What if you wanted to hack someone’s account or you needed to buy a new exploit? How would you do this? This is a task that would stump most of us. But how about looking on eBay Inc. (Nasdaq: EBAY)? After all, the online auction house is a place where almost anything is sold and bought. Curious, I decided to check it out.
From eBay's homepage, I typed “exploit” in the search box and back came approximately 20 results, the following among them: Phish and Hack Unlimited MySpace Accounts – New Exploit. For $25, this auction offers the means to phish or hack any MySpace account. Initially, the person sold a phishing or hacking toolkit, but now the black-hat is offering a service to break into accounts of the buyer’s choice.
The seller shows an adept familiarity with methods used to detect phishing techniques. For instance, if the alias for the link indicates a different location than a link itself, it is already suspicious. The seller circumvents such protection by hosting the kit on MySpace itself. This means that both the link and the alias could point to the same location, and unless the user has Webmaster skills, the end user would have difficulties differentiating between this creation and the legitimate MySpace application.
Admittedly, the seller’s feedback count is relatively low, which means that eBay does a reasonably good job of closing down such accounts. Otherwise the feedback would have been much higher. It would be no surprise if by the time of publishing, the item would be closed and the user deregistered by eBay authorities. [Ed. note: The item is no longer available on eBay.]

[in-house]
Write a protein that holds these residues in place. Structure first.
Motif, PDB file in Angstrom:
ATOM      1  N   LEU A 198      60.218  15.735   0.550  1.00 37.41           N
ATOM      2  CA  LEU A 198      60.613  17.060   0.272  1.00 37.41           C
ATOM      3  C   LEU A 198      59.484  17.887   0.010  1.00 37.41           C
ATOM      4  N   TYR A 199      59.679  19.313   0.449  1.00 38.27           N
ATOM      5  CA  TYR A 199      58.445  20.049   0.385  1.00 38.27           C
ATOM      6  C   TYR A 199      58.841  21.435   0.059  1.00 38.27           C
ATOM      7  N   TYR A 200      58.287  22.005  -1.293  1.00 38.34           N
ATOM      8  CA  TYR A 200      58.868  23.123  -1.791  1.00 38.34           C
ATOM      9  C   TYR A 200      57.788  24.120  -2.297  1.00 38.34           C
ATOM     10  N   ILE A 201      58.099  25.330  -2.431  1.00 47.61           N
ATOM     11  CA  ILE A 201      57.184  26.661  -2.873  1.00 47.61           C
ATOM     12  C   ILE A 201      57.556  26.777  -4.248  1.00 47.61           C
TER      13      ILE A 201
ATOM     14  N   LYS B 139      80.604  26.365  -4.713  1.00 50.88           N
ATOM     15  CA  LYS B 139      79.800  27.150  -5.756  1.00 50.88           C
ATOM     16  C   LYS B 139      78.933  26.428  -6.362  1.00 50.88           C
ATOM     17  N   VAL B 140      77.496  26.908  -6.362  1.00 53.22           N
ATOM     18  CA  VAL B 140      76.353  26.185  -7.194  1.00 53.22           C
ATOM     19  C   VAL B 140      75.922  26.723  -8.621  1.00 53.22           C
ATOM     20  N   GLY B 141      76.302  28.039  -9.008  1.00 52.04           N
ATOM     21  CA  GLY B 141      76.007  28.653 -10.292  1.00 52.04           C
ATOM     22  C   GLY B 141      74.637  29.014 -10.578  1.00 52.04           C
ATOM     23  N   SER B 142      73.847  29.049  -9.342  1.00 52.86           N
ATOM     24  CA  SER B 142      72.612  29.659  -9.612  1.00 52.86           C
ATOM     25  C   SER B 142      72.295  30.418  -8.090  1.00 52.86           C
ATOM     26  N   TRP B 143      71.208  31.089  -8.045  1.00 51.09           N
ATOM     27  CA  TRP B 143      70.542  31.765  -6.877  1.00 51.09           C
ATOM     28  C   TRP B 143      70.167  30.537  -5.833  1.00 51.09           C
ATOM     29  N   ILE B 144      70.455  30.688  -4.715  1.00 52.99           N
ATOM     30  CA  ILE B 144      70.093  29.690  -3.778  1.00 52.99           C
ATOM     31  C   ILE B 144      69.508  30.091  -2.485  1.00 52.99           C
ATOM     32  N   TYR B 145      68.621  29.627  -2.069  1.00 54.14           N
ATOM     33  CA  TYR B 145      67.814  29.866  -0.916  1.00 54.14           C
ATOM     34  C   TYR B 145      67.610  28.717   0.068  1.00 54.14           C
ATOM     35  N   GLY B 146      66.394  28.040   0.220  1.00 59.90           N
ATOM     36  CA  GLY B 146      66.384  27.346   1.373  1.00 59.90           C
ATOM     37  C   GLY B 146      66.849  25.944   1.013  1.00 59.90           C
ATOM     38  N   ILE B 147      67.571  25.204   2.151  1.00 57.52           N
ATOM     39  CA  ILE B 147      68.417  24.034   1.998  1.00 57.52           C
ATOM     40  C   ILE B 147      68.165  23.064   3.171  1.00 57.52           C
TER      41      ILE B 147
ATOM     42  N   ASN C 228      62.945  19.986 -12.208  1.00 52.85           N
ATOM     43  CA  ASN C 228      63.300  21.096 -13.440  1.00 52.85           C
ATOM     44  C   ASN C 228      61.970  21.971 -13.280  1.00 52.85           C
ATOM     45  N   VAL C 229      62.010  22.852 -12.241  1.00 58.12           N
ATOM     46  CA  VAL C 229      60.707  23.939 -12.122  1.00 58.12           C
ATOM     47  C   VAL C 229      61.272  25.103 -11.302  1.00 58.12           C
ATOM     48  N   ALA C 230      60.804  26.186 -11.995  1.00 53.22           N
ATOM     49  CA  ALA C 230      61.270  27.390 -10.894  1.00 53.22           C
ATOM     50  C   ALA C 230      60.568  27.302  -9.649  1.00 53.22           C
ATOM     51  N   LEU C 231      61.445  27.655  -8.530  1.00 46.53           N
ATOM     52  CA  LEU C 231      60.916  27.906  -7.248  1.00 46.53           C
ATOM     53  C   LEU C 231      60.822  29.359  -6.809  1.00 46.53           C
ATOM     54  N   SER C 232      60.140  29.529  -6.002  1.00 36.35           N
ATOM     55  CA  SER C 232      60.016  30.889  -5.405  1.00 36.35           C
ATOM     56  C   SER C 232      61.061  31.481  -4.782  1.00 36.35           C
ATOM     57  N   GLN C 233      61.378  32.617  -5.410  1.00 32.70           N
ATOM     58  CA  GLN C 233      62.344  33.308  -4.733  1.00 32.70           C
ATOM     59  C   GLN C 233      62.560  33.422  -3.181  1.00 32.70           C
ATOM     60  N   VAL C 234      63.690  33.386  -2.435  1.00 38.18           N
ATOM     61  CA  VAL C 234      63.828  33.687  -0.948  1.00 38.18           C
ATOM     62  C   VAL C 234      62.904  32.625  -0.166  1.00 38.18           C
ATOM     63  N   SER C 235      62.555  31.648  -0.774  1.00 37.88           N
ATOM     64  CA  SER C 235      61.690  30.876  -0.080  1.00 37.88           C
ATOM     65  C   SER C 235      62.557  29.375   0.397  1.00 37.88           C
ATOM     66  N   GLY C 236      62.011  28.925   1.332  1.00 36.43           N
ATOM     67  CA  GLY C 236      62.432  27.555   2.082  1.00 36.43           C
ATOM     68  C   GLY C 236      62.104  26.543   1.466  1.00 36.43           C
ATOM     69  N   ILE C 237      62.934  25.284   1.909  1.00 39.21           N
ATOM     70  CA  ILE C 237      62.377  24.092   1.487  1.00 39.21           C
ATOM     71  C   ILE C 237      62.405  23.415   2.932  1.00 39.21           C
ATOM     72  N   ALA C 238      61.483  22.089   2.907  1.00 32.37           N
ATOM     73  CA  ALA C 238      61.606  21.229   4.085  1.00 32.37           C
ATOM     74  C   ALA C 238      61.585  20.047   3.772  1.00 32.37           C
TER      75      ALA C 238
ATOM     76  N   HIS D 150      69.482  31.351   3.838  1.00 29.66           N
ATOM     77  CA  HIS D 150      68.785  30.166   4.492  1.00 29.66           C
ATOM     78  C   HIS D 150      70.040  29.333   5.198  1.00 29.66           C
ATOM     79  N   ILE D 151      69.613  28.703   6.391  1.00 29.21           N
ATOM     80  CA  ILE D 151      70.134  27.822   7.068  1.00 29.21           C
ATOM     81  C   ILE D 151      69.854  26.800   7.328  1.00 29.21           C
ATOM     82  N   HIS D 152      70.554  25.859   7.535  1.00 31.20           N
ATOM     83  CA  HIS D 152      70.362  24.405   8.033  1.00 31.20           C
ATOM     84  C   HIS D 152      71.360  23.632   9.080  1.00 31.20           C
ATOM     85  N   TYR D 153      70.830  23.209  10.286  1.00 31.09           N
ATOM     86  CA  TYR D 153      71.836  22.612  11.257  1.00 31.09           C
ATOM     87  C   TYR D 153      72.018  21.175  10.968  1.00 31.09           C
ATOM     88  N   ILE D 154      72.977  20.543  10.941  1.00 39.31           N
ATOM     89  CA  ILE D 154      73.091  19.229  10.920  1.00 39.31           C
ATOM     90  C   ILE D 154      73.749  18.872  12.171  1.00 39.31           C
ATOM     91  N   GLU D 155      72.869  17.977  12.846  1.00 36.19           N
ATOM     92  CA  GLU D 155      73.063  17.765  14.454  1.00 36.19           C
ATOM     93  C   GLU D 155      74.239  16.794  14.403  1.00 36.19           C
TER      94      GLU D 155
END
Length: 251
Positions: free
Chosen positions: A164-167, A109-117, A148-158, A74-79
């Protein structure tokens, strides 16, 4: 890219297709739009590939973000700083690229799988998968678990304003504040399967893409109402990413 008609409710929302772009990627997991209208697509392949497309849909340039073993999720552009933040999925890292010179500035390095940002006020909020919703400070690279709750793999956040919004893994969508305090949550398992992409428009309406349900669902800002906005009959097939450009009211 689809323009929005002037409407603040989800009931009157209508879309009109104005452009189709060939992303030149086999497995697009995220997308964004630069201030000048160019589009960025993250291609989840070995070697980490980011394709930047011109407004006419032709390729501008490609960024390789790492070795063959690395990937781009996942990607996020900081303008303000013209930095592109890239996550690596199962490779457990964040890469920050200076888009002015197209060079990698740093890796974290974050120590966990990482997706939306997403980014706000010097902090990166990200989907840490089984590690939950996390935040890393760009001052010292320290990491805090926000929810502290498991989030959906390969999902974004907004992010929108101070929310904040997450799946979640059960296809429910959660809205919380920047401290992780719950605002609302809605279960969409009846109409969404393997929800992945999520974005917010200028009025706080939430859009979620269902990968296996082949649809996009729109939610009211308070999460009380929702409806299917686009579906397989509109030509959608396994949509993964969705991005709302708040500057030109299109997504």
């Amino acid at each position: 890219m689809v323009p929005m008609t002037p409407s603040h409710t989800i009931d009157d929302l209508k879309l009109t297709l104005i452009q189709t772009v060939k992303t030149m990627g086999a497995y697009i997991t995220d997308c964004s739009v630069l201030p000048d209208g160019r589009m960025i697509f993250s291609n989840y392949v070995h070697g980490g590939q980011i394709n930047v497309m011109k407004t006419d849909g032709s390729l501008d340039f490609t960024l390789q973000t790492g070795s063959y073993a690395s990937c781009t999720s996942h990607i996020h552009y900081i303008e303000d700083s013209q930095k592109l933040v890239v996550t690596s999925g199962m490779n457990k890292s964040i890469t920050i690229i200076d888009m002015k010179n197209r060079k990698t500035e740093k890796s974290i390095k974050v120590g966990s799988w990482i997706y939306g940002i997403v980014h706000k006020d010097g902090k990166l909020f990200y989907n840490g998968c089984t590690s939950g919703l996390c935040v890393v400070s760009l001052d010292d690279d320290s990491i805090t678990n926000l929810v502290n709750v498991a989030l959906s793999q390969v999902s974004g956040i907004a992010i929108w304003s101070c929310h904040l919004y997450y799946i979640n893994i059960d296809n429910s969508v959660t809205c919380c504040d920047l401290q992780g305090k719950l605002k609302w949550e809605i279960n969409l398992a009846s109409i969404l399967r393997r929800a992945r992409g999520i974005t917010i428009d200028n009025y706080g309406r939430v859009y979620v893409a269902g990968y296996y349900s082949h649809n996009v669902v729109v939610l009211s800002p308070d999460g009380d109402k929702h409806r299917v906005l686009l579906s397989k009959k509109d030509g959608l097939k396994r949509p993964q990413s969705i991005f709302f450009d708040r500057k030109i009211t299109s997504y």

This is just one more example of the bad guys’ ability to offer products and services to anyone in the world without boundaries and limitations. It continues to work to the great advantage of many legitimate businesses, and at the same time, the same principle helps the online shadow economy flourish.
It is known that there are underground auctions trading zero-day exploits much more dangerous and for more money than the example above. However, by taking more proactive measures, end users and companies can help diminish the potential of the online shadow economy and its hacker exploits. For example:
Vigilance is key: Be extra cautious when choosing whom to trust. For example, the exploit above depends on the user’s willingness to accept Web applications that are not trustworthy. Look for signs of malicious behavior and analyze the application. For instance, check for incorrect spelling within the description of the Web application; question whether friends or colleagues would recommend the application; ask yourself if you really need the Web application; and decide whether the Website appears to be trustworthy and professional.
Economics are the secret weapon: Use economics to hurt the bad guys. After all, if it weren't for our money, they would be struggling to stay in business. Buy goods only from trustworthy shops that you know to have a long-established reputation. Buy goods that were legally imported into the country. Spend time researching the shop or individual with which you are planning to do business. Never, under any circumstances, spend money with a business when it does not feel right.
Safety first: Develop a habitual sense of security when browsing the Internet. There are many sites like GetSafeOnline.org that offer valuable security advice on dos and don'ts for using the Internet. Become familiar with them as you would basic traffic code.
The solution is not always simple, as the problem is quite complex. Just as it is nearly impossible to bring down the world global economy, such is the case with the Internet’s shadow economy. Nevertheless, using common sense is the best way for end users to protect themselves.
— Maksym Schipka, Senior Architect, MessageLabs